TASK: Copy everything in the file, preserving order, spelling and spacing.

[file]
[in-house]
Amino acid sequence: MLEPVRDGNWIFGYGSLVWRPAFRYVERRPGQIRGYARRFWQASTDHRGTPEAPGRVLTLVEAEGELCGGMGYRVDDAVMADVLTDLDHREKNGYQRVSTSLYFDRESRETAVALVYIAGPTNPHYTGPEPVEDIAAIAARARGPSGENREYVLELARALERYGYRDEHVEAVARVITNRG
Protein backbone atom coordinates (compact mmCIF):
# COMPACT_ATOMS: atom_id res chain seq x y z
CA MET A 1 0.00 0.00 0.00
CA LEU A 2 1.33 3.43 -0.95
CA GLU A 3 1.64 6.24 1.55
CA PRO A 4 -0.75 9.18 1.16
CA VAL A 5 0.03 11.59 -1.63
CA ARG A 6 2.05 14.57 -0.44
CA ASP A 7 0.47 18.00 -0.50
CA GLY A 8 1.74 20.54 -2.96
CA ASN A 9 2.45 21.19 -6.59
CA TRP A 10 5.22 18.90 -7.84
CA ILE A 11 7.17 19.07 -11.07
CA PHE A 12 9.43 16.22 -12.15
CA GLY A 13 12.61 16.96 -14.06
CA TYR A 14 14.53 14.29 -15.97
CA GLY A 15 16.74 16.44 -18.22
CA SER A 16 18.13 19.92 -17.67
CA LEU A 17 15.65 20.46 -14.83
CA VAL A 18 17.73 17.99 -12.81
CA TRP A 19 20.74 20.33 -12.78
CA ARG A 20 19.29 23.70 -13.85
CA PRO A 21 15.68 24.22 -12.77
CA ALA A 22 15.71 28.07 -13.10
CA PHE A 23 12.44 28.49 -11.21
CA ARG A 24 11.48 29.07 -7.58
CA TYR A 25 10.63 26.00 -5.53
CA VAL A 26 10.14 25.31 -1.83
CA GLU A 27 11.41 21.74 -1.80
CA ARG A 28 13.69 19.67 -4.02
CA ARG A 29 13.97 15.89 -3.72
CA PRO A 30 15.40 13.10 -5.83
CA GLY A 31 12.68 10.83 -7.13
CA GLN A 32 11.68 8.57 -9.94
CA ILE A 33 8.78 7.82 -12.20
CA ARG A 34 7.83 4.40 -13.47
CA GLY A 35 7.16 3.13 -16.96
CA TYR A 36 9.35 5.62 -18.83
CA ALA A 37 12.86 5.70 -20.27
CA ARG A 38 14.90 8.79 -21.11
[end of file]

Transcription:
[in-house]
Amino acid sequence: MLEPVRDGNWIFGYGSLVWRPAFRYVERRPGQIRGYARRFWQASTDHRGTPEAPGRVLTLVEAEGELCGGMGYRVDDAVMADVLTDLDHREKNGYQRVSTSLYFDRESRETAVALVYIAGPTNPHYTGPEPVEDIAAIAARARGPSGENREYVLELARALERYGYRDEHVEAVARVITNRG
Protein backbone atom coordinates (compact mmCIF):
# COMPACT_ATOMS: atom_id res chain seq x y z
CA MET A 1 0.00 0.00 0.00
CA LEU A 2 1.33 3.43 -0.95
CA GLU A 3 1.64 6.24 1.55
CA PRO A 4 -0.75 9.18 1.16
CA VAL A 5 0.03 11.59 -1.63
CA ARG A 6 2.05 14.57 -0.44
CA ASP A 7 0.47 18.00 -0.50
CA GLY A 8 1.74 20.54 -2.96
CA ASN A 9 2.45 21.19 -6.59
CA TRP A 10 5.22 18.90 -7.84
CA ILE A 11 7.17 19.07 -11.07
CA PHE A 12 9.43 16.22 -12.15
CA GLY A 13 12.61 16.96 -14.06
CA TYR A 14 14.53 14.29 -15.97
CA GLY A 15 16.74 16.44 -18.22
CA SER A 16 18.13 19.92 -17.67
CA LEU A 17 15.65 20.46 -14.83
CA VAL A 18 17.73 17.99 -12.81
CA TRP A 19 20.74 20.33 -12.78
CA ARG A 20 19.29 23.70 -13.85
CA PRO A 21 15.68 24.22 -12.77
CA ALA A 22 15.71 28.07 -13.10
CA PHE A 23 12.44 28.49 -11.21
CA ARG A 24 11.48 29.07 -7.58
CA TYR A 25 10.63 26.00 -5.53
CA VAL A 26 10.14 25.31 -1.83
CA GLU A 27 11.41 21.74 -1.80
CA ARG A 28 13.69 19.67 -4.02
CA ARG A 29 13.97 15.89 -3.72
CA PRO A 30 15.40 13.10 -5.83
CA GLY A 31 12.68 10.83 -7.13
CA GLN A 32 11.68 8.57 -9.94
CA ILE A 33 8.78 7.82 -12.20
CA ARG A 34 7.83 4.40 -13.47
CA GLY A 35 7.16 3.13 -16.96
CA TYR A 36 9.35 5.62 -18.83
CA ALA A 37 12.86 5.70 -20.27
CA ARG A 38 14.90 8.79 -21.11